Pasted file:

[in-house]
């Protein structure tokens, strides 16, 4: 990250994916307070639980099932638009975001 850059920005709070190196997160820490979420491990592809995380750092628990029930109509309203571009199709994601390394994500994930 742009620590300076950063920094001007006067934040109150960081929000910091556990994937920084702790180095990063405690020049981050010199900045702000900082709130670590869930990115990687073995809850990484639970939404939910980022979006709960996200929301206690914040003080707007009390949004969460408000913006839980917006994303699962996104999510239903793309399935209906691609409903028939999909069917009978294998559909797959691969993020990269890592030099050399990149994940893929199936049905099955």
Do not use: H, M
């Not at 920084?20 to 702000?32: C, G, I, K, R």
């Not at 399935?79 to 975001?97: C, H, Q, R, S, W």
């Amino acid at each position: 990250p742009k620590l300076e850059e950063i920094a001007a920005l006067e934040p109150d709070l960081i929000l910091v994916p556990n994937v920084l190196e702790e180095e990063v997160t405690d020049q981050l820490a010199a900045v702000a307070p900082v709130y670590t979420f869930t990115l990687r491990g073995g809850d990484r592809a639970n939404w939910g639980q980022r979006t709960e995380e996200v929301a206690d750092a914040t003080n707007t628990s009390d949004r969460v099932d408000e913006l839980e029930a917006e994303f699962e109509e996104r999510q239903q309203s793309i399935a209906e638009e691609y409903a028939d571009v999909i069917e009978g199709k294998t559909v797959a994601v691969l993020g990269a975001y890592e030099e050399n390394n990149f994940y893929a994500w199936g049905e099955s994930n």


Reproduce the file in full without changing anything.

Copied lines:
[in-house]
């Protein structure tokens, strides 16, 4: 990250994916307070639980099932638009975001 850059920005709070190196997160820490979420491990592809995380750092628990029930109509309203571009199709994601390394994500994930 742009620590300076950063920094001007006067934040109150960081929000910091556990994937920084702790180095990063405690020049981050010199900045702000900082709130670590869930990115990687073995809850990484639970939404939910980022979006709960996200929301206690914040003080707007009390949004969460408000913006839980917006994303699962996104999510239903793309399935209906691609409903028939999909069917009978294998559909797959691969993020990269890592030099050399990149994940893929199936049905099955």
Do not use: H, M
């Not at 920084?20 to 702000?32: C, G, I, K, R």
């Not at 399935?79 to 975001?97: C, H, Q, R, S, W």
């Amino acid at each position: 990250p742009k620590l300076e850059e950063i920094a001007a920005l006067e934040p109150d709070l960081i929000l910091v994916p556990n994937v920084l190196e702790e180095e990063v997160t405690d020049q981050l820490a010199a900045v702000a307070p900082v709130y670590t979420f869930t990115l990687r491990g073995g809850d990484r592809a639970n939404w939910g639980q980022r979006t709960e995380e996200v929301a206690d750092a914040t003080n707007t628990s009390d949004r969460v099932d408000e913006l839980e029930a917006e994303f699962e109509e996104r999510q239903q309203s793309i399935a209906e638009e691609y409903a028939d571009v999909i069917e009978g199709k294998t559909v797959a994601v691969l993020g990269a975001y890592e030099e050399n390394n990149f994940y893929a994500w199936g049905e099955s994930n």